Toyota Corolla & Yaris.
Toyota Corolla & Yaris. Contributed

Corolla splashing out

TOYOTA has always found a place of fondness in Australian hearts, a 50-year association cementing the manufacturer's position in our automotive industry.

The love affair started in an era when reliability and good solid bones were prized above fancy glitterati and those roots have stood the test of time.

So well, that despite Toyota's worldwide recall of more than 10 million vehicles in the past year, sales figures have increased by more than a quarter.

That is undeniable testimony to brand power and Toyota's ability to identify a target market and play to it.

The latest upgrade to the Corolla Ultima range comes in response to technology savvy consumers demanding more for their dollar.

Toyota has responded with a splash of luxury and generous inclusions that it hopes will make loyal followers out of a new generation of car buyers.


Plush leather seats and soft touch plastics set the tone for the improved interior. The functional and aesthetically pleasing instrument panel is given added interest by funky orange accent lighting.

In true Toyota fashion, even the secondary controls are close at hand, ensuring navigation is a breeze.

The seats are comfortable, but perhaps could lose a little more of that benchy feel and while the Ultima gains in width, the back seat should remain very much the preserve of children.

Boot space is impressive while storage pockets are well-placed, but minimal.

On the road

While the Ultima is the only Corolla to get a 2.0-litre engine, it only really equates to a 2% increase in power and an 8% improvement in torque.

Throw in the four-speed auto (rivals have five or more ratios) and it is easy to see why it may lag the competition in the power stakes.

That said, it still delivers a solid drive. Engine noise is minimal and it is smooth going on good roads.

Take-off speed is excellent, handling is good and the steering pretty responsive.

What do you get?

Well, considering this is the Ultima's selling point, Toyota has pulled out all the stops. It comes with Bluetooth connectivity, reversing camera, climate and cruise control, leather trim, keyless start and automatic headlights to name just a handful of features.

Safety is excellent, too, with seven airbags as well as ABS brakes with EBA and EBD as standard.

Other contenders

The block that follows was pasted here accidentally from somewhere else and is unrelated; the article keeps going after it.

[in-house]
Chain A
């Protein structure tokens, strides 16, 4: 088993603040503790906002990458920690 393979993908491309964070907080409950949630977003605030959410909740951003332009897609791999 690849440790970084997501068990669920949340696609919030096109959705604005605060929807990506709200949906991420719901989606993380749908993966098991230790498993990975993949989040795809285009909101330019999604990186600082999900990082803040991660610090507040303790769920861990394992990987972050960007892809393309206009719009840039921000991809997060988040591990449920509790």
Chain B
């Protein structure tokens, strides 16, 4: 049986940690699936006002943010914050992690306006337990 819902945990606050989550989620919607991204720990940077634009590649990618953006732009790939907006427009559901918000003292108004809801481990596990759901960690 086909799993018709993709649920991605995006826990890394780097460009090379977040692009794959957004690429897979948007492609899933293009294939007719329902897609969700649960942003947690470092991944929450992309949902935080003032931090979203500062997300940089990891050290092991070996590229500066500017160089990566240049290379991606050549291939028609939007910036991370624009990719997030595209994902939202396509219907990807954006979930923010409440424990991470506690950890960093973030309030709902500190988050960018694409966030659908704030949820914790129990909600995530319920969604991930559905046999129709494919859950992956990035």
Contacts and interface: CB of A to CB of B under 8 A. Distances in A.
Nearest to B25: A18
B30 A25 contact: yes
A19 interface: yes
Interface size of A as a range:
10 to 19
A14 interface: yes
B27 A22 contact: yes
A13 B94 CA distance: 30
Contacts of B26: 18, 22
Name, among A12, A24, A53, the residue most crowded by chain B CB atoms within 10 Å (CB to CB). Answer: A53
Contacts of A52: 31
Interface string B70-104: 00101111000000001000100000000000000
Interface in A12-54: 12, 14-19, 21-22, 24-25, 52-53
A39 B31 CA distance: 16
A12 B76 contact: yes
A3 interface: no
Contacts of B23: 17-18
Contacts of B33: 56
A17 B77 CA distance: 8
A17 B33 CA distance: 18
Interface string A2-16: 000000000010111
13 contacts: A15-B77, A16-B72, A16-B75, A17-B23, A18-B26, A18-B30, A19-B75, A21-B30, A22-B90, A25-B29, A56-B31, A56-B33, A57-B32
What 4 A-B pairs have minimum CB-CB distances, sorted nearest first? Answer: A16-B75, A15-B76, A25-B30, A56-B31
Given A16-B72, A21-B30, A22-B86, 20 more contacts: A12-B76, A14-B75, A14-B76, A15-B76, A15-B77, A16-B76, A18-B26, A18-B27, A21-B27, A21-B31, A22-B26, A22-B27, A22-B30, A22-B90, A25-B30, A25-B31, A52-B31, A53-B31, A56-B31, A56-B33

The Mazda3 SP25 ($29,255), Honda Civic Sport ($31,990), Hyundai i30 ($22,990) and VW Jetta 118TSI ($30,990) will provide the stiffest competition.


The Ultima can easily serve the needs of a small family, retired couple, young starters or even those who want simple run-around, functional transport with a touch more features.

It is inoffensive to the eye, has the necessary bells and whistles and is not too cumbersome on the hip pocket.

We like the reversing camera LCD screen in the rear-view mirror – easy to use and very practical placement.

Running costs

Toyota claims 7.7 litres/100km. We found it a touch more on the highway and steeper still in city driving but comparable to rivals.

Funky factor

New bumpers and subtle changes to the radiator grille and lights give the Corolla a fresher, if a somewhat Camry, look about it.

The Ultima's style isn't flamboyant, but it stands proudly on its 16-inch alloys.

The low-down

It is no secret the Corolla is not in the heart-pumping, blood-rushing, sweaty palms business of excitement.

It depends on a tradition of dependability and value, of few surprises, and the Ultima delivers on that – with a touch of luxury.

Vital statistics

Model: Toyota Corolla Ultima.

Details: Five-door front-wheel drive compact sedan.

Transmission: four-speed manual automatic.

Engine: 2.0-litre in-line four-cylinder petrol generating maximum power of 102kW at 5600rpm and peak torque of 189Nm at 4400rpm.

Consumption: 7.7 litres/100km combined average.

Bottom line: $31,490.

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